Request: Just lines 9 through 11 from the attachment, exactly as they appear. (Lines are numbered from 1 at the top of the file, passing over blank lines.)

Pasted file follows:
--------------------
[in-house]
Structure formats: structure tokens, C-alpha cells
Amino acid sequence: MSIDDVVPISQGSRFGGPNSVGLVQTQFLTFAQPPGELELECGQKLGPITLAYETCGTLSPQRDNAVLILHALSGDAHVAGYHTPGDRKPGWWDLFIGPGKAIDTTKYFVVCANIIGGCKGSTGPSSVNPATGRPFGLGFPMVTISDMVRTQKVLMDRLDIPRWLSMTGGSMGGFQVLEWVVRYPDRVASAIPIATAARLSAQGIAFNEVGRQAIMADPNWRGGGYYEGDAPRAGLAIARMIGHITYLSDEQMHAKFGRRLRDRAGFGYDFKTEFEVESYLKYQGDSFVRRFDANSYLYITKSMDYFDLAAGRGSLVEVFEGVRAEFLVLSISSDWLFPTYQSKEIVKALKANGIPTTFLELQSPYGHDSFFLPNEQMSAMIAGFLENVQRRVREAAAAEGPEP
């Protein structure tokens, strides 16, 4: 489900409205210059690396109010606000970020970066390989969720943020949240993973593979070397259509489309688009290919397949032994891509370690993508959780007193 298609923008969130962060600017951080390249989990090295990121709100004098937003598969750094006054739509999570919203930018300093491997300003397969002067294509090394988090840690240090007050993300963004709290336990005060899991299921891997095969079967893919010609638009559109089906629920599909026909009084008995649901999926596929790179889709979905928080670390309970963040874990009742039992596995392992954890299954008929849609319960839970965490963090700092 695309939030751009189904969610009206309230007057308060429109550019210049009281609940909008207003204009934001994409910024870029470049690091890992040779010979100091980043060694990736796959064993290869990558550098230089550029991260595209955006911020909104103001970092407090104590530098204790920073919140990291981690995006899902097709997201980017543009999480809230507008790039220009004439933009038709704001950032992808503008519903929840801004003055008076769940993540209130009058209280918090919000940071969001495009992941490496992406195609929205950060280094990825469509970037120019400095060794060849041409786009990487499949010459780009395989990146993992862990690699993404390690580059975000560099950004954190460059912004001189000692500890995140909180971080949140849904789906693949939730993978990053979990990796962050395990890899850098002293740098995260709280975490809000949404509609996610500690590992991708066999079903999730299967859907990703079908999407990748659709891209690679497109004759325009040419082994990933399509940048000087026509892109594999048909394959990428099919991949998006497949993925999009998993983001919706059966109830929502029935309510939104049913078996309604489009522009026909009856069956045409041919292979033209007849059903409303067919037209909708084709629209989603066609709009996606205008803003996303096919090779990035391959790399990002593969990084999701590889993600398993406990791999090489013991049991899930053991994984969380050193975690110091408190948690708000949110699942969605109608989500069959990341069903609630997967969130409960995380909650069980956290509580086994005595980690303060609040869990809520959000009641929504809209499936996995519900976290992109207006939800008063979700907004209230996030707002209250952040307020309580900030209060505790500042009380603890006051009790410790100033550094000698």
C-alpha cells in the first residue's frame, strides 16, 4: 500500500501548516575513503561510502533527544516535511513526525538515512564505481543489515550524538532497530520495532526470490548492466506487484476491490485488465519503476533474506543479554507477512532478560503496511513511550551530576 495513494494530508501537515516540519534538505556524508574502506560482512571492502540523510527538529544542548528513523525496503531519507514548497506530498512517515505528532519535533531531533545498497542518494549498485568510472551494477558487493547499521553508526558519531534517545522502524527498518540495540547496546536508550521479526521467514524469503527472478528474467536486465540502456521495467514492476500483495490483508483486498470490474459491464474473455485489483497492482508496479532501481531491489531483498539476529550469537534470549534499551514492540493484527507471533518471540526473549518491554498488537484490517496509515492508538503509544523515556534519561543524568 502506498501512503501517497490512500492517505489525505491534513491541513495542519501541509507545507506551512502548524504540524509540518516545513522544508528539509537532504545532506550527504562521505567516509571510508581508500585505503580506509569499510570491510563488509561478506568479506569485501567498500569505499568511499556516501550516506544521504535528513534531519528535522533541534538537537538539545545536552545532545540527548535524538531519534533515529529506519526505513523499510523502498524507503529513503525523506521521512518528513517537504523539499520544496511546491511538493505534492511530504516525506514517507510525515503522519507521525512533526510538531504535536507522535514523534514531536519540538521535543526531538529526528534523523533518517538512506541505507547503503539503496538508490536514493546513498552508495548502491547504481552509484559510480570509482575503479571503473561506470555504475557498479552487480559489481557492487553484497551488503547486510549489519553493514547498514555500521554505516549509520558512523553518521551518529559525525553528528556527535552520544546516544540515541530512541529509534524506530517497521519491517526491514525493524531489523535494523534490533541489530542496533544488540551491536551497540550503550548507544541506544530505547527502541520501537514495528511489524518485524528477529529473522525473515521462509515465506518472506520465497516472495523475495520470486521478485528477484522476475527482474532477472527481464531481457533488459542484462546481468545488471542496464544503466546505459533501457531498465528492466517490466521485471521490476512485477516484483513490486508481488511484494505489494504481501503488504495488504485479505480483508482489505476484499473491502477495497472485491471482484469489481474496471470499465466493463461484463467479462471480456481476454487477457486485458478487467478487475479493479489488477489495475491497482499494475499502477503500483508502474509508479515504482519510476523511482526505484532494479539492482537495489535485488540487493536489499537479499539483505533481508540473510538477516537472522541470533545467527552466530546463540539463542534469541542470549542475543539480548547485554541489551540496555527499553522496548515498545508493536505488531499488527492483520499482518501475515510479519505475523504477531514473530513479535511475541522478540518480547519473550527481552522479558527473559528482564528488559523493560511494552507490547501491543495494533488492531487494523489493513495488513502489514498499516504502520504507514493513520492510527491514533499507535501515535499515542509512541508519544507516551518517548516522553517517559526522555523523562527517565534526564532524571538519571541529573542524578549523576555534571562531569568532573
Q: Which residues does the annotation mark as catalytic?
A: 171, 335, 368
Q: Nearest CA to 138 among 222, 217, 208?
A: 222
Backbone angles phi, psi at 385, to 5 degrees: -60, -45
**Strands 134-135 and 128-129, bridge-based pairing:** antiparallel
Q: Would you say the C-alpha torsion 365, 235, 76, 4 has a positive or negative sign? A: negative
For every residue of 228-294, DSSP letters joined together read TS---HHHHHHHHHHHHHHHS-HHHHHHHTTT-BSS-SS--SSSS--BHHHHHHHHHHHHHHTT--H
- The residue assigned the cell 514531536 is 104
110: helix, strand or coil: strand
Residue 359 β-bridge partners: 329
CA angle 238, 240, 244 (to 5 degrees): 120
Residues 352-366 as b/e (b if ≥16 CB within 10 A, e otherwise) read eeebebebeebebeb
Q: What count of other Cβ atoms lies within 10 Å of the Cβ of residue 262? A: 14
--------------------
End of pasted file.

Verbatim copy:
A: 222
Backbone angles phi, psi at 385, to 5 degrees: -60, -45
**Strands 134-135 and 128-129, bridge-based pairing:** antiparallel